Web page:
Rational numbers can also be expressed as **repeated fractions**: such as 1 = 1/1 or 4 = 3/1. These are called simple fractions. Also written as 1 = 1/1 or 4 = 4/1. Other examples include 24 = 2/1 + 2/1 + 2/1 or 1000/17 = 5/1 + 5/1 + 5/1.

The best way to think about this is that there are two types of fractions: simple and non-simple. Rational numbers are simply fractions - that is, they are a ratio of two integers. Therefore, they are simple fractions. Exponential fractions are also fractions - that is, they are a power of a base multiplied by a factor. They are non-simple because they contain **multiple factors**. For example, 0.0101020102010..

Examine the prime factors of the denominator when the fraction is in its simplest elementary form to determine whether it will have a terminating or repeating decimal. The decimal point will be terminated if they are made up of 2s and/or 5s. Otherwise, it will repeat.

For example, if you were to divide 1,000 by 7, you would get 14%. Since there are no digits after **the decimal point**, this fraction has **a terminating decimal**. Now, say you divided 0.01 by 7. You would get 0.00007.. Which does not terminate. Fractions with repeating decimals may also have repeating digits within the integer portion of the division as well. For example, if you divided 0.123 by 7, you would get 1.714.... Which means that the digit 3 will also repeat itself once within the integer portion of the division.

In general, fractions with repeating decimals contain numbers with multiple of seven as **their divisors**. For example, 1/7, 2/7, 3/7, 4/7, 5/7, and 6/7 have repeating decimals because they are all multiples of 7.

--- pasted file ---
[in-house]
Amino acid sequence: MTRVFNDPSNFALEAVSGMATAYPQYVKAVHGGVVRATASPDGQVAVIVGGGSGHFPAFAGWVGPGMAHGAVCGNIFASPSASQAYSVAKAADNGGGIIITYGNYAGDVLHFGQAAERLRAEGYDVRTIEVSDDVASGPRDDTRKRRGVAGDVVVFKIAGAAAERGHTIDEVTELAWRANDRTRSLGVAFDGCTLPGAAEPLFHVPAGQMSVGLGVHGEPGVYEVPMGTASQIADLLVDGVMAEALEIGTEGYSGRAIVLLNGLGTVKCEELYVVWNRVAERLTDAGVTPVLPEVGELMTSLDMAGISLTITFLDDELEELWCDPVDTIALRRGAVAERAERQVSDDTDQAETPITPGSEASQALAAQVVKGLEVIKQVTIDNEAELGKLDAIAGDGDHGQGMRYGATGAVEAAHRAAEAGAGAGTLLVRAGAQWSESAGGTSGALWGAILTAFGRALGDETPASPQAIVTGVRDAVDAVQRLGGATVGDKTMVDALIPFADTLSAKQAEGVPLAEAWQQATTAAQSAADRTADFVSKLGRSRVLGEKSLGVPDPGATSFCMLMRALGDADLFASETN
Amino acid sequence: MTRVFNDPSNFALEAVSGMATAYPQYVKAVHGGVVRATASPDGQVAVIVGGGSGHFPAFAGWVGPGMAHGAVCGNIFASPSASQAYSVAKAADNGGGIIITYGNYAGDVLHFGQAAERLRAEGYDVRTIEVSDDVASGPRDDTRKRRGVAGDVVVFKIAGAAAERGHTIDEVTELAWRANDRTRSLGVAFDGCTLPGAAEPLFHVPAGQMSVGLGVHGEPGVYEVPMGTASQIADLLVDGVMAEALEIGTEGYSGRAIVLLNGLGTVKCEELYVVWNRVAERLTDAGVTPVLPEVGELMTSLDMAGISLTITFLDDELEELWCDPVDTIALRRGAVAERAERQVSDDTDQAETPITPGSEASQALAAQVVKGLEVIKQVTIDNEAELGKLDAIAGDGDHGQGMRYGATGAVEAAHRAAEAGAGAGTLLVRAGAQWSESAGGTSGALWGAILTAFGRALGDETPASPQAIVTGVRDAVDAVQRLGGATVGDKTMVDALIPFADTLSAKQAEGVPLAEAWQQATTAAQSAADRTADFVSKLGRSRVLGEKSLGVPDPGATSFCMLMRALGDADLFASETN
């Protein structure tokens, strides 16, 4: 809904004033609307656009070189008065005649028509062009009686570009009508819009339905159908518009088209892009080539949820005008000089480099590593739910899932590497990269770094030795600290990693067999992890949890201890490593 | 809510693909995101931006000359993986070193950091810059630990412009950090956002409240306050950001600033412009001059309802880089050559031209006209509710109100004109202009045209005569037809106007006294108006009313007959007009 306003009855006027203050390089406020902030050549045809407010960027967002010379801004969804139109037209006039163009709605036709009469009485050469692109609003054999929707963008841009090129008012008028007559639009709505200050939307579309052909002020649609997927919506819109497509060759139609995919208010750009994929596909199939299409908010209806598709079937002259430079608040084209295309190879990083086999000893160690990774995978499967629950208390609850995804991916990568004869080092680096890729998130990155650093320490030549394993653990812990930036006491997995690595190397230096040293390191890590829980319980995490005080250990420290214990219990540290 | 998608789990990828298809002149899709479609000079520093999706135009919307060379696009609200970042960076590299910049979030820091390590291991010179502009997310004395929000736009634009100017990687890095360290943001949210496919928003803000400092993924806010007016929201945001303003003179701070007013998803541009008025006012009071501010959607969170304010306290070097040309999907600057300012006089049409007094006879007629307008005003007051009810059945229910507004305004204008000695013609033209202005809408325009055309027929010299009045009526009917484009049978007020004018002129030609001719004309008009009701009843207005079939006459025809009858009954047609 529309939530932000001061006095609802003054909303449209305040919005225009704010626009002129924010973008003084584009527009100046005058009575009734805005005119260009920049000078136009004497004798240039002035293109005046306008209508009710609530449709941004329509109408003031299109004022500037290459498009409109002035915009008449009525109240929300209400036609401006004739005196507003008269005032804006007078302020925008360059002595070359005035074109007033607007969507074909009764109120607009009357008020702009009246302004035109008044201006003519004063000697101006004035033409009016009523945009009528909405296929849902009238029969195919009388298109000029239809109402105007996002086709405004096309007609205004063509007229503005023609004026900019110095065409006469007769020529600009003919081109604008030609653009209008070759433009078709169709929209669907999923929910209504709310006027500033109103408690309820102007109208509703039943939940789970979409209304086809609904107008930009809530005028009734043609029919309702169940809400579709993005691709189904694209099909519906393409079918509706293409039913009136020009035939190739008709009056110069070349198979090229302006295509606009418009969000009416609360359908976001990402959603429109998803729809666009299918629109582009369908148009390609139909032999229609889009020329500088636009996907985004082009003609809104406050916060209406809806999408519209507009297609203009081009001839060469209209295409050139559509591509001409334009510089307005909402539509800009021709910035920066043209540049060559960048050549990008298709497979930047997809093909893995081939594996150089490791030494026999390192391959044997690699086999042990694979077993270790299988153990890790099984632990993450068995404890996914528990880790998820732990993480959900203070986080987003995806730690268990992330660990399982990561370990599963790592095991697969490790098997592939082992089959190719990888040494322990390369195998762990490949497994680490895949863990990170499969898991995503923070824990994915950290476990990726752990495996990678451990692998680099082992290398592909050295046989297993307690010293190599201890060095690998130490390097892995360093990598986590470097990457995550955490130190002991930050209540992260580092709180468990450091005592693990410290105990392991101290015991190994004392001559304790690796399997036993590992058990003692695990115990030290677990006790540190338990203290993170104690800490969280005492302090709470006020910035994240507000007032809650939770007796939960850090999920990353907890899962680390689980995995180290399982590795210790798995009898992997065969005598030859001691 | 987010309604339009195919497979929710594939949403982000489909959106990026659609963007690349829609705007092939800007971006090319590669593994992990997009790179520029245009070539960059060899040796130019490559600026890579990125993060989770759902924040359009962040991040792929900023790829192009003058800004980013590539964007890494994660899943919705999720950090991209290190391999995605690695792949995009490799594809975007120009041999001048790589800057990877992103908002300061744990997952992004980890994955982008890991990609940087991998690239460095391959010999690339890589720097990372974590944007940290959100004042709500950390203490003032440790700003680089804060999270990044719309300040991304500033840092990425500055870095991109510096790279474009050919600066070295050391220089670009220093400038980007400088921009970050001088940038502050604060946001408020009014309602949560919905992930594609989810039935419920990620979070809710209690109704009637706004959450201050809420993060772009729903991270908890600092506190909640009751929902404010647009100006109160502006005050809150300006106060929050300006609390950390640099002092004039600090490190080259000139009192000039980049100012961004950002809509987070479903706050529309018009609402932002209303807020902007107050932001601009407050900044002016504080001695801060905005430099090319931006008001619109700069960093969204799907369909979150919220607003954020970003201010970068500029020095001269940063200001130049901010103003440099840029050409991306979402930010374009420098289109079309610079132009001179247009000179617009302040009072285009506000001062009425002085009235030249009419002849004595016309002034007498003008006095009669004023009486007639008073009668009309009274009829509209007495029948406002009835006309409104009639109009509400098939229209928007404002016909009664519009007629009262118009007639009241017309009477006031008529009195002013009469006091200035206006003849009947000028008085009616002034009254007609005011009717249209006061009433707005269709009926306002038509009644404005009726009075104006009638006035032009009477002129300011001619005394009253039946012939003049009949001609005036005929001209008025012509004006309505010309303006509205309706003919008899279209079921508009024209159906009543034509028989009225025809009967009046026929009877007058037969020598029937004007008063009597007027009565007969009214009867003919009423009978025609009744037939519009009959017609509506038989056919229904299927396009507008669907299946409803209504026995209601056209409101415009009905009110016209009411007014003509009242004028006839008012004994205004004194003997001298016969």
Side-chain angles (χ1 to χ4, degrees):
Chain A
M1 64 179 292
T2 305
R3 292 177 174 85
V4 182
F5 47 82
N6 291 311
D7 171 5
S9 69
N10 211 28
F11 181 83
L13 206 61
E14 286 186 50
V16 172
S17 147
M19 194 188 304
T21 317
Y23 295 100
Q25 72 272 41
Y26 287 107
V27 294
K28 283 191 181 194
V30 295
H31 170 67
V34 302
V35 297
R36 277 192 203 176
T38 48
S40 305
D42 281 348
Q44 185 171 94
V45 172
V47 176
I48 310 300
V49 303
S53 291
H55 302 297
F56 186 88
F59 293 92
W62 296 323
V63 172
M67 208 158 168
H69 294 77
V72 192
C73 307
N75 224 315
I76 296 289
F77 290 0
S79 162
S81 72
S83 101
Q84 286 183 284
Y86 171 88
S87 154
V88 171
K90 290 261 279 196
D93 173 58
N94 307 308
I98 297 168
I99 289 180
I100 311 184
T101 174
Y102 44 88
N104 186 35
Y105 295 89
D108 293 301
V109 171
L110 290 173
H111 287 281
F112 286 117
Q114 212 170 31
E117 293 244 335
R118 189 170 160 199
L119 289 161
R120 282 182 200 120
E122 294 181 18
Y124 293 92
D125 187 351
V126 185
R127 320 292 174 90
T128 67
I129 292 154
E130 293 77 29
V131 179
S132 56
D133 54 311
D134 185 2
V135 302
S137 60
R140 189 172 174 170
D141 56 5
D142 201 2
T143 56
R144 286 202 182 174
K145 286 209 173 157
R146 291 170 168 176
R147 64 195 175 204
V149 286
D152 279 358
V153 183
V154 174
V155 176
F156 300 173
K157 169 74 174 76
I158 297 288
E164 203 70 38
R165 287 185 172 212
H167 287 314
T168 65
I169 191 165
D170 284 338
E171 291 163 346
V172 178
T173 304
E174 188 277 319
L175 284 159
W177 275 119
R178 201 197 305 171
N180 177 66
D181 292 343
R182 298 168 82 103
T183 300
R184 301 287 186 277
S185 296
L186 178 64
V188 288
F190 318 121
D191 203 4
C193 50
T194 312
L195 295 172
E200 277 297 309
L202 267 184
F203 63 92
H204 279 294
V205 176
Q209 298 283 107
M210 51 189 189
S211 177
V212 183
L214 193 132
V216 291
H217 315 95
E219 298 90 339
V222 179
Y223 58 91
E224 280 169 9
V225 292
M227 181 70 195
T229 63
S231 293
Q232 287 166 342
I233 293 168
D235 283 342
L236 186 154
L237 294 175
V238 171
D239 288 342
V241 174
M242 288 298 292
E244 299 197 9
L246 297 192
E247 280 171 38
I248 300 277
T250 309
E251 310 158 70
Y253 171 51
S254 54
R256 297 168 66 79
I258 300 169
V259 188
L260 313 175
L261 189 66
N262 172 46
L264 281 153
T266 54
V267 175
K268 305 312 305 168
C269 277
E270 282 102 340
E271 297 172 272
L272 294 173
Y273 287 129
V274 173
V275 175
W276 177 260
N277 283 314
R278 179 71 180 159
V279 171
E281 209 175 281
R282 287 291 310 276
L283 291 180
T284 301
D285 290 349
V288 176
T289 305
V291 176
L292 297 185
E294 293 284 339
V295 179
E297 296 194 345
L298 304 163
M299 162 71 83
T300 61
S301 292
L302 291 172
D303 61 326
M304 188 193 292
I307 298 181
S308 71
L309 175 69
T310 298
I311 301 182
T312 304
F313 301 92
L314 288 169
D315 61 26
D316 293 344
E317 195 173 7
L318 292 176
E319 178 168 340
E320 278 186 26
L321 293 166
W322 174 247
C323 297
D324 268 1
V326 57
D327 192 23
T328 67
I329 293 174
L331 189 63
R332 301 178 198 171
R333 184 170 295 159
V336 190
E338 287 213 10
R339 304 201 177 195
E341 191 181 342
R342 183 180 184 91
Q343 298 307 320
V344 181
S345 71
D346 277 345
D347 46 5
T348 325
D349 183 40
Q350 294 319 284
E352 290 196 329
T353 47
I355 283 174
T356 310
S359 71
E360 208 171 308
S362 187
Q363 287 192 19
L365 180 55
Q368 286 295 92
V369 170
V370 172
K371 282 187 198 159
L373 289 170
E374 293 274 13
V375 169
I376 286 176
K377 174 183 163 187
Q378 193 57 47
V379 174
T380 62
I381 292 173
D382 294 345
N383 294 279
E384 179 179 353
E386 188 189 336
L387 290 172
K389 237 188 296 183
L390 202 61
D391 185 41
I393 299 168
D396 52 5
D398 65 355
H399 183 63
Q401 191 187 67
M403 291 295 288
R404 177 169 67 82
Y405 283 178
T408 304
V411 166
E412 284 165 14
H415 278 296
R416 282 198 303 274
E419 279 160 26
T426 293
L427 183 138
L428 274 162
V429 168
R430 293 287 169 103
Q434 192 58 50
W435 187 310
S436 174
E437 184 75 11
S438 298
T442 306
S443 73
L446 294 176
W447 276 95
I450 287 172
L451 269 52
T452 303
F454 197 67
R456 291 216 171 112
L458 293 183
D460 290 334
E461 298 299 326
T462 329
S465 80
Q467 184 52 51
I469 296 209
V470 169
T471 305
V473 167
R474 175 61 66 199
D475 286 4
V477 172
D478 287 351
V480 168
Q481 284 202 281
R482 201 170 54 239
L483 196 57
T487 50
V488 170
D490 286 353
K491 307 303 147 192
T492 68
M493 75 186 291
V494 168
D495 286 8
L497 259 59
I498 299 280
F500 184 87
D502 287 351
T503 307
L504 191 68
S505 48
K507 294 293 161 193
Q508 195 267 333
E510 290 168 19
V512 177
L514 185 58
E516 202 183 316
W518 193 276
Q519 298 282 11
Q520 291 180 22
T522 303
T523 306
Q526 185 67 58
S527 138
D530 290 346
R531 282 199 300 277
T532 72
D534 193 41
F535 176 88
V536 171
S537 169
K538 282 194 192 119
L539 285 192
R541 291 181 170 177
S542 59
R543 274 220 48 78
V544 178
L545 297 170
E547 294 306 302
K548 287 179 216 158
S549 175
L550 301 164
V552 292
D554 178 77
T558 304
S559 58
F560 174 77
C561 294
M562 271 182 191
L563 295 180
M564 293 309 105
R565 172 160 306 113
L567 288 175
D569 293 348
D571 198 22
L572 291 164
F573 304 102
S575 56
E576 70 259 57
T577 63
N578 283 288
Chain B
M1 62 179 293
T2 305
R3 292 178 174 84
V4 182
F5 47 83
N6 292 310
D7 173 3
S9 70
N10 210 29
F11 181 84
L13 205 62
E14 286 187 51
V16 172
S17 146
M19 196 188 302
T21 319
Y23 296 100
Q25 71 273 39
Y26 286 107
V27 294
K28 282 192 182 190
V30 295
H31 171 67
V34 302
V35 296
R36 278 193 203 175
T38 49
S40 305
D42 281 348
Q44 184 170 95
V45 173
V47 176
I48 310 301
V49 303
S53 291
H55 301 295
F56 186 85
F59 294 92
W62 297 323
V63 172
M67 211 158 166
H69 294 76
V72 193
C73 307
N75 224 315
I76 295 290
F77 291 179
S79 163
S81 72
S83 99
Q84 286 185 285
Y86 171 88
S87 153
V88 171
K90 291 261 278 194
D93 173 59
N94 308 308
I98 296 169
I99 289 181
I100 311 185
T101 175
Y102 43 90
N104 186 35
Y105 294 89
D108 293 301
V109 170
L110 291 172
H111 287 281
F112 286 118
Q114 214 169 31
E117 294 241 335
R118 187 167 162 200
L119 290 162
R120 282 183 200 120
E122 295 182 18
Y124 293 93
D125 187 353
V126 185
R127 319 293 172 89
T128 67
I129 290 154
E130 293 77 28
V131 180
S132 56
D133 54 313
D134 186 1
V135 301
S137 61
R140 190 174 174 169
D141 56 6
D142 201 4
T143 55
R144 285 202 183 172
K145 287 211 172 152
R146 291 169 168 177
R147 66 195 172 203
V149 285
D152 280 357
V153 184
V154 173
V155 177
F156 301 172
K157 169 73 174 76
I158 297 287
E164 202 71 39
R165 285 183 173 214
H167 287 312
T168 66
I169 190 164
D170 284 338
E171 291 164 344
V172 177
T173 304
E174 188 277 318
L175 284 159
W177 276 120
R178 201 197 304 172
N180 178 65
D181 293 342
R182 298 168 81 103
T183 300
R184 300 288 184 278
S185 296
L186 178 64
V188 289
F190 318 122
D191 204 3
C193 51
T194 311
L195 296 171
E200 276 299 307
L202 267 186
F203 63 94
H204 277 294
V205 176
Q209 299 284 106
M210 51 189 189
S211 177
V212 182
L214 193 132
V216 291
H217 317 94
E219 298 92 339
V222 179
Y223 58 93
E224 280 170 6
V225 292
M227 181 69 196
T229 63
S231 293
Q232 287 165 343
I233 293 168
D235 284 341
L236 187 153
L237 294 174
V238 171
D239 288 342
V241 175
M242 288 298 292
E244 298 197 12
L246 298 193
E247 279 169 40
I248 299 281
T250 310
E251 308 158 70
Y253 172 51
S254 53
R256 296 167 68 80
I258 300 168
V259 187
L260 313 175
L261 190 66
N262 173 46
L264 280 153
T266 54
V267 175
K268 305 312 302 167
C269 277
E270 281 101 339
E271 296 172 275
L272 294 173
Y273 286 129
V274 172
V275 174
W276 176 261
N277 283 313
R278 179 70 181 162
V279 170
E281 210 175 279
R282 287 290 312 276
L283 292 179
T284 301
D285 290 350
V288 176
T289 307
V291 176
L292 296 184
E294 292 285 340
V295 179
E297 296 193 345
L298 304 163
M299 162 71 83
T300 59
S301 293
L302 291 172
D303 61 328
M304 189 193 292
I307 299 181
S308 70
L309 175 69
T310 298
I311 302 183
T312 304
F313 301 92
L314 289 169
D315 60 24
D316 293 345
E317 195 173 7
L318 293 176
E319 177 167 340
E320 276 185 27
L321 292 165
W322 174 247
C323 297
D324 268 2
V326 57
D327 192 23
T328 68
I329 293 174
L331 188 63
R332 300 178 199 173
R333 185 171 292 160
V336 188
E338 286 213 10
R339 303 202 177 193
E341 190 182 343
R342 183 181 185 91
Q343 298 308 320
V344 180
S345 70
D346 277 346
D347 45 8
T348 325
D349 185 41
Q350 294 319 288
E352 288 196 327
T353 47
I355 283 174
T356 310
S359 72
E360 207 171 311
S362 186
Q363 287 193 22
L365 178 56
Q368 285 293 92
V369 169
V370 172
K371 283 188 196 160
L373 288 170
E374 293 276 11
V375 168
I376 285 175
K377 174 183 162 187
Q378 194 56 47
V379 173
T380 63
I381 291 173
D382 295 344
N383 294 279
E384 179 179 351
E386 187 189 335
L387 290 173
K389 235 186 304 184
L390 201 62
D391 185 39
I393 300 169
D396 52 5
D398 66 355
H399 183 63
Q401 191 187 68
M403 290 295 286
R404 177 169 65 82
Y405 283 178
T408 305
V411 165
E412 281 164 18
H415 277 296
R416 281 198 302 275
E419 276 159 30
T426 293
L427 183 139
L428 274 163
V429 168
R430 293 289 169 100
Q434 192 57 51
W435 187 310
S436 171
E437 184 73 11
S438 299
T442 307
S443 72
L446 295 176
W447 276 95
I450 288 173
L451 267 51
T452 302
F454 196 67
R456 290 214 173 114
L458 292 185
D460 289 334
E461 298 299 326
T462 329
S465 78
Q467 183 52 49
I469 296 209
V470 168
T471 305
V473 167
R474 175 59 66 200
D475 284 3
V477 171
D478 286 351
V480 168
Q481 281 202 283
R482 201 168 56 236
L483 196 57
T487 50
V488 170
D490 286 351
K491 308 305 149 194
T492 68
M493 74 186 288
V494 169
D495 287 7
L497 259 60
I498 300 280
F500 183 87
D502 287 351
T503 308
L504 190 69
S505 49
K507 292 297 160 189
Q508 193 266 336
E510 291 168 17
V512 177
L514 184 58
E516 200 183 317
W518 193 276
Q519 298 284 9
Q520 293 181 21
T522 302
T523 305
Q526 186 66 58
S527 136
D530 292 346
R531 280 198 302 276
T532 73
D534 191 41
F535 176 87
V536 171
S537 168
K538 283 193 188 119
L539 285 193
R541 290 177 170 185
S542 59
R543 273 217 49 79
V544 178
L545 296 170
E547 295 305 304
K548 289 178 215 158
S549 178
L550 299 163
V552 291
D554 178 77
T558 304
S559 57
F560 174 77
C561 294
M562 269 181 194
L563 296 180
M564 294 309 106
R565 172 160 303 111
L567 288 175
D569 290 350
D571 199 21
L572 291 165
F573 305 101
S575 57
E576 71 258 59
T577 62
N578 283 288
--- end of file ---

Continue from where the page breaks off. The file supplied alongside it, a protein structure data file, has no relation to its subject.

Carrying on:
Fractions that do not have any number with a multiple of seven as its divisor have a terminating decimal.

Non-terminating repeating decimals include 0.12121212121212.. 0.12121212121212ldots 0.12121212121212.. And 1.2354354354354.. 1.2354354354354ldots 1.2354354354354ldots 1.0.

Decimals are fractions having denominators that are powers of 10. Take a look at the decimal: repeating 0.111111 This means that all decimal fractions have denominators that are an exact power of 10. Decimal fractions with terminating digits are similar to **fractional numbers** in that they don't have **any right-hand sides**. For example, 1/7 is equivalent to 0.142857.

Here are some examples of decimal fractions that repeat: 1/2, 1/5, 2/3, 3/8, 4/5, 6/7, 8/9, 9/10. And here are some examples of decimal fractions that terminate: 11/12, 5/6, 7/8, 13/14, 17/18, 19/20.

It's helpful to know that if you divide any decimal by 10 and keep dividing by 10 until the number becomes less than or equal to 1, you will always get a fraction with a denominator that is a power of 10. For example, 1/10 = 0.1. If you divide 0.1 by 10, you'll still get 0.1. This means that anytime you see **a decimal fraction** with many digits after the point, it is equivalent to a repeating decimal.